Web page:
While I was in Atlanta a few weeks ago, Fidel Castro died and Cuban Americans poured into the streets to celebrate – a sin and a poor lesson to children. That night, we taught children to relish a loss of life; and Cuban children, interviewed on television, showed that they had only been told half- truths about the Cuban Revolution. Castro was neither all saint nor sinner – like the slaveholders who founded America.

The Fidel Castro America created through propaganda was a tyrannical dictator who killed thousands and imprisoned untold numbers. Often untold are Castro’s reforms such as one of the highest literacy rates in Latin America, resistance to American imperialism and a universal healthcare system – however flawed. Rarely, is there a mention of Castro coming to New York, post-revolution, to seek the support of the United States and his being rejected by our government. Instead, America’s assassination attempts on his life are glorified. America wanted Cuba for itself once Spain was ousted.

Cubans in Miami have allowed the American historical perspective of subduing its Caribbean and Latin American neighbors to paint a one-sided picture of Fidel Castro without room for considering him as a complex historical figure of the 20th century – fully imperfect – who evolved into an entrenched Communist. Are we being true to our intellect or history if we believe that black folk in Cuba, who before Castro participated in the fight for freedom from Spain, were treated fairly by their white counterparts? They weren’t.

As a black American born at the end of the American civil rights struggle and having lived long enough to see Donald Trump composing a Cabinet of affluent whites who do not countenance the poor or people of color, I want Cubans who have benefited from white skin to acknowledge that their sentiments and anger over Castro’s atrocities did not warrant dancing in the streets. Black Americans, First Nations peoples, Asians and others who have endured American oppression never gloried in the deaths of our oppressors.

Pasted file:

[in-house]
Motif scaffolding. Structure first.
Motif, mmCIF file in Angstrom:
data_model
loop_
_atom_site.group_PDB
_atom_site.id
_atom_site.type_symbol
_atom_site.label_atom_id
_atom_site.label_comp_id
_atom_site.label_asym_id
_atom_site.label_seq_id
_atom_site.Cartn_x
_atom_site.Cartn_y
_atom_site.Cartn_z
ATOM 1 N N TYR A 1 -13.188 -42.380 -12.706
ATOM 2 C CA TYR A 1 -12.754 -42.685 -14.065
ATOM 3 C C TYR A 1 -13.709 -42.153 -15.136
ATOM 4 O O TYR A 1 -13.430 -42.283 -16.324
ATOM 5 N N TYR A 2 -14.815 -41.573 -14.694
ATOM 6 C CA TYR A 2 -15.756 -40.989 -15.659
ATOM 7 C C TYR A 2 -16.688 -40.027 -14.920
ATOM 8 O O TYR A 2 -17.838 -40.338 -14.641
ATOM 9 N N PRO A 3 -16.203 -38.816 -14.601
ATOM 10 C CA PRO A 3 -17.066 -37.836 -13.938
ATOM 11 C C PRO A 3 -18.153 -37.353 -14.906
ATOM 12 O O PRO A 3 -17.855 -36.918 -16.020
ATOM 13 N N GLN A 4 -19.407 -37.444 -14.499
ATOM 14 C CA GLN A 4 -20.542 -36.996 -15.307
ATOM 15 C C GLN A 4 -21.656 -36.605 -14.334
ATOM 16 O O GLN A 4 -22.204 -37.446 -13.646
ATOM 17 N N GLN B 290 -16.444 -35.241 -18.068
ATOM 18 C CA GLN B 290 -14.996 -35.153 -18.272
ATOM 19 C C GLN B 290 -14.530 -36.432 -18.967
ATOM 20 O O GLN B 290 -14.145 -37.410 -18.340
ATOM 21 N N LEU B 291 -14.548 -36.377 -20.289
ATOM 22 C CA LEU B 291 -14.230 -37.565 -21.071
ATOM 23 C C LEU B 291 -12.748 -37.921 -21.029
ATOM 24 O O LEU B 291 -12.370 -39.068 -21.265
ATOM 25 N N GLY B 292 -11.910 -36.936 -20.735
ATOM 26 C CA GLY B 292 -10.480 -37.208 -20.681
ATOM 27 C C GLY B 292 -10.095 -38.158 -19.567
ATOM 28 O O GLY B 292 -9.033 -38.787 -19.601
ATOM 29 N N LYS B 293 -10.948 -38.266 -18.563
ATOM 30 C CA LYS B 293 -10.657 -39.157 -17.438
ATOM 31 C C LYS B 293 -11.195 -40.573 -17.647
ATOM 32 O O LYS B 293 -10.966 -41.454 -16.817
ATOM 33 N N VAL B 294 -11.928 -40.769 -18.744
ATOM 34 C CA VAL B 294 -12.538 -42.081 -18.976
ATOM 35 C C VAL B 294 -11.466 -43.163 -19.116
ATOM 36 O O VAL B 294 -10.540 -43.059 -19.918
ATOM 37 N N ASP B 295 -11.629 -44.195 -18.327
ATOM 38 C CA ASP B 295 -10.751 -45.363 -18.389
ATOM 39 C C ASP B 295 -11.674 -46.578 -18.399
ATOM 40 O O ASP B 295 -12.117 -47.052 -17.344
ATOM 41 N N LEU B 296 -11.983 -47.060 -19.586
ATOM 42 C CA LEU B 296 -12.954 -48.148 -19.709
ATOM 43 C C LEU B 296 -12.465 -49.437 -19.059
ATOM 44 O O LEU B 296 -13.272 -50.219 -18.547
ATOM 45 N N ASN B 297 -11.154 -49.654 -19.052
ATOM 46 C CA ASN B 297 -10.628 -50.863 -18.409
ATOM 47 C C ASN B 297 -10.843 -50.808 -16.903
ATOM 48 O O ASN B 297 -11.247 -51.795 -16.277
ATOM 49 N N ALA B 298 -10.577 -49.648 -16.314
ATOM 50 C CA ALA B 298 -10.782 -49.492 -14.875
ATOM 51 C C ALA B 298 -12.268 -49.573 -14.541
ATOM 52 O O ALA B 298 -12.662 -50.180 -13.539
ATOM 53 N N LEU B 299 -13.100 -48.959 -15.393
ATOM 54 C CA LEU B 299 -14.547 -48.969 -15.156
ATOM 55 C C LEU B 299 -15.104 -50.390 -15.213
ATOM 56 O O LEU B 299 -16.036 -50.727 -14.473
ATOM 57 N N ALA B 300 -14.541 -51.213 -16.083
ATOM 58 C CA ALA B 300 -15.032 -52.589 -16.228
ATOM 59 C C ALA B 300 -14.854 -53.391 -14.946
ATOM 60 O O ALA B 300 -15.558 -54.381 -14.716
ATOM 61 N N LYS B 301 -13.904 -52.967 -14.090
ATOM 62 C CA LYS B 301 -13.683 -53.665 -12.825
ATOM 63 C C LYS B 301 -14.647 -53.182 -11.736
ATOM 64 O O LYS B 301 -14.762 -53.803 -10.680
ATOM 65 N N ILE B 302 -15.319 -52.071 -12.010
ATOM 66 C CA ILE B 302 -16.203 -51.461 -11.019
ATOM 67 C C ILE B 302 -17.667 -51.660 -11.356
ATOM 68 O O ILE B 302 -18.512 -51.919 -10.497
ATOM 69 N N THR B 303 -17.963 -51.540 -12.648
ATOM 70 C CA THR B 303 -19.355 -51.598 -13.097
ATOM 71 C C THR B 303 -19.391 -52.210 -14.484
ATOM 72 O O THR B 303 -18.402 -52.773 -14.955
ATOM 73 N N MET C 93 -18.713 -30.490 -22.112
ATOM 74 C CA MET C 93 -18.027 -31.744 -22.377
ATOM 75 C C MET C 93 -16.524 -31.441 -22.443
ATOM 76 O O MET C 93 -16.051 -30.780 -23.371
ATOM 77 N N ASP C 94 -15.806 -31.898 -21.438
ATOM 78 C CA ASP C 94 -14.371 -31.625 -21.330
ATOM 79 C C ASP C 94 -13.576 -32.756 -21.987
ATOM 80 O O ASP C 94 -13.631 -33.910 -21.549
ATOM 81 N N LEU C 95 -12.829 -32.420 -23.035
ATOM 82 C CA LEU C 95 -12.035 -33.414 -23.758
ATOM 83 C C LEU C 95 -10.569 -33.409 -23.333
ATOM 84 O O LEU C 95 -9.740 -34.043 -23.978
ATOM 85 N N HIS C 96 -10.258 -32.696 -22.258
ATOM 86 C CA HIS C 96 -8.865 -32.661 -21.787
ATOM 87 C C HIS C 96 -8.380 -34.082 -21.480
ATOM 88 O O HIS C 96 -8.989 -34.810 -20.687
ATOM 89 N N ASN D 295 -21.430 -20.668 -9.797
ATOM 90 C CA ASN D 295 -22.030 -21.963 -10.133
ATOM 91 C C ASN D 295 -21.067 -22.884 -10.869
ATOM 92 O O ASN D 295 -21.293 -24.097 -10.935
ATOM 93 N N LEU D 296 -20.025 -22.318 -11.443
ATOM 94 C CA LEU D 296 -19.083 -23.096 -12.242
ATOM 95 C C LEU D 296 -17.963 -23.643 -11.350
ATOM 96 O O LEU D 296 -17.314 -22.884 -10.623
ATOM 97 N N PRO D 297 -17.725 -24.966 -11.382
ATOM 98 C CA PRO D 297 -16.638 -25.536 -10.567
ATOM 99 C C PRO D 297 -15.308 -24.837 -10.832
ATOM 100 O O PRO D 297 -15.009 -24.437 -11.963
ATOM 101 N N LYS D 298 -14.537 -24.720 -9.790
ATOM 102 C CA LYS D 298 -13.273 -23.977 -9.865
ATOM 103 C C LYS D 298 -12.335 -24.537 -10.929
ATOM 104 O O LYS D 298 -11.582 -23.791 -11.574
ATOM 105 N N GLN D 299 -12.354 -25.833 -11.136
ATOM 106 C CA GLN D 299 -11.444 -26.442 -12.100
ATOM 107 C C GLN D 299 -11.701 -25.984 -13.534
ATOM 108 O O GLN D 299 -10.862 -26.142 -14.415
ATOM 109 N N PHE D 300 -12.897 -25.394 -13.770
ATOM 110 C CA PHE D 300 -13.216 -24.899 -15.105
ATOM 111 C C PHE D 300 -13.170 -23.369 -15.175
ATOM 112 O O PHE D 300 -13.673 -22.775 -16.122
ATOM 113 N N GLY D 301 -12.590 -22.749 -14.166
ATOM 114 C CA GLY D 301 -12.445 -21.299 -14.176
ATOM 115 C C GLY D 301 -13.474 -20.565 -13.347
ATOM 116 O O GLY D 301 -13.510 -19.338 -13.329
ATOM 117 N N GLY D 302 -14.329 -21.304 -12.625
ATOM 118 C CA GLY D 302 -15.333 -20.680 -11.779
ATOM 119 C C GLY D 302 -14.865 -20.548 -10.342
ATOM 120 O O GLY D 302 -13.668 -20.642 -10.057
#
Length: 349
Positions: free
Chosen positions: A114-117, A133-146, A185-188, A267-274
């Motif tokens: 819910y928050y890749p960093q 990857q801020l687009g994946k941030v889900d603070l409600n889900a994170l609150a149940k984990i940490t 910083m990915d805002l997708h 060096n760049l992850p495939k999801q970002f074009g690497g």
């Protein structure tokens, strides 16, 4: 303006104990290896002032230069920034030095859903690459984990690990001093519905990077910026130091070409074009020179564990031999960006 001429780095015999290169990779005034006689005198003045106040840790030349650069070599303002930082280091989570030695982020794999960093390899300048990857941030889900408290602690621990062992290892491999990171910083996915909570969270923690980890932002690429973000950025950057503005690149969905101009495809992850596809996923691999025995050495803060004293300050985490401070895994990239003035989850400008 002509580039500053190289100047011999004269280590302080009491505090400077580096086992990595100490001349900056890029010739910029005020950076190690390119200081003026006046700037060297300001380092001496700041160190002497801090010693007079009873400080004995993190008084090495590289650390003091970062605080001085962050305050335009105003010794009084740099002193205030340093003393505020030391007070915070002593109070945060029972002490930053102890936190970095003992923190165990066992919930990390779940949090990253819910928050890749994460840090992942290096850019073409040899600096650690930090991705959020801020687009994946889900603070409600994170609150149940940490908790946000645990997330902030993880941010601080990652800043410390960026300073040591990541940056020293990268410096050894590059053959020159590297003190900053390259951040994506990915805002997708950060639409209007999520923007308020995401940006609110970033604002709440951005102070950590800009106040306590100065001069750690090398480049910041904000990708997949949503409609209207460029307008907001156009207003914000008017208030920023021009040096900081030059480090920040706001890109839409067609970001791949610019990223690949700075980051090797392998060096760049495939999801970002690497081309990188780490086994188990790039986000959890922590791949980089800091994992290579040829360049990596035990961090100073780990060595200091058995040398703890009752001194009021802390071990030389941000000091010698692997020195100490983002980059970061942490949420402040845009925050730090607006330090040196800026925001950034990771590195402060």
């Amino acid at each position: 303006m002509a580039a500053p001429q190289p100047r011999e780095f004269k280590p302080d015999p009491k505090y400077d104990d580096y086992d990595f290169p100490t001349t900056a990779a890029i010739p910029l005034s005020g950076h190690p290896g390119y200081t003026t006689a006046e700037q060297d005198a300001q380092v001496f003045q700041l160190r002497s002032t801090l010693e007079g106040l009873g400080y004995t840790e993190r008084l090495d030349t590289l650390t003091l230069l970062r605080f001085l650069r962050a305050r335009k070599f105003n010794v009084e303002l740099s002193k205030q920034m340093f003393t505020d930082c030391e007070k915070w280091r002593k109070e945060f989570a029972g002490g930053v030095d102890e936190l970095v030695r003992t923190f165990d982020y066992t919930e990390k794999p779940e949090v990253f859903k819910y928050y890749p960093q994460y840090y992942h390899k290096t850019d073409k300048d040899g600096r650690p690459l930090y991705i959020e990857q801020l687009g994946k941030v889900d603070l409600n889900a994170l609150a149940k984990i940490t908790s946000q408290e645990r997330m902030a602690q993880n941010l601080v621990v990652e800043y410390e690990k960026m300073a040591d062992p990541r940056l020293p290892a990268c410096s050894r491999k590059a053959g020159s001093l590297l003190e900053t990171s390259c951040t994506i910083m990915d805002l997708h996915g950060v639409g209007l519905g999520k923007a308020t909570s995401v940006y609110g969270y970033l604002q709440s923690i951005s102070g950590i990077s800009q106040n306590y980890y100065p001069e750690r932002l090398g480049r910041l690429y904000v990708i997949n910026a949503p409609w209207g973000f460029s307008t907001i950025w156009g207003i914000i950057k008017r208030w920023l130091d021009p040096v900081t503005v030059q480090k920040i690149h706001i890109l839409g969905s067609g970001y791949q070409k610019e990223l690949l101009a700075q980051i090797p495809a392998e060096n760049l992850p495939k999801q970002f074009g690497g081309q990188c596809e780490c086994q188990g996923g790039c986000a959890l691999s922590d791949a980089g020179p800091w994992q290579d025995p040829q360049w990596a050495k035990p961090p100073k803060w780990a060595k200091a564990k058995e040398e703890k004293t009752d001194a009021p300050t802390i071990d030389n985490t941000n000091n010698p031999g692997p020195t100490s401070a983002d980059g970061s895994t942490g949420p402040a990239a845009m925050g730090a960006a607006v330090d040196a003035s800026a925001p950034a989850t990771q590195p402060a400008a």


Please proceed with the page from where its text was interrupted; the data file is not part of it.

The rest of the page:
Why, then, does a black American care for any of this? Well, 70% or more of Cubans are people of color and products of the African diaspora. They are the descendants of former slaves. Antonio Maceo, the black father of Cuban independence from Spain, is rarely mentioned by those who marched in Miami. (See Black in Latin America by Henry Louis Gates Jr.) Many of the Cubans who first left after the revolution were tied to the corruption of the American mafia through personalities like gangster Meyer Lansky who ruled his America criminal empire from Havana by buying the white social hierarchy and their mulatto puppet President Fulgencia Batista.

Fidel, like other 20th century leaders, is a multifaceted figure – corrupted by power and pushed to extremes between American democracy and Soviet communism. That tension engulfed Cuba and the world at one point. Castro is not to be revered, but analyzed through the lenses of history and time. I do not question the grievances of American Cubans and their families. However, I do take issue with the image of celebration over a death, of a one-sided historical perspective and Christian principles gone awry. Proverbs 24:17 says, “Do not gloat when your enemy falls; when they stumble, do not let your heart rejoice, or the LORD will see and disapprove and turn his wrath away from them.” What we teach our children matters. Having been born two years after the revolution, I have seen waves of immigration from Cuba’s shores. Revenge never looks good in the hands of people. It belongs to the Lord. Our children deserved a better example.

Jeffrey Dean Swain, Ph.D is the Dean of Campus Ministry at Florida Memorial University.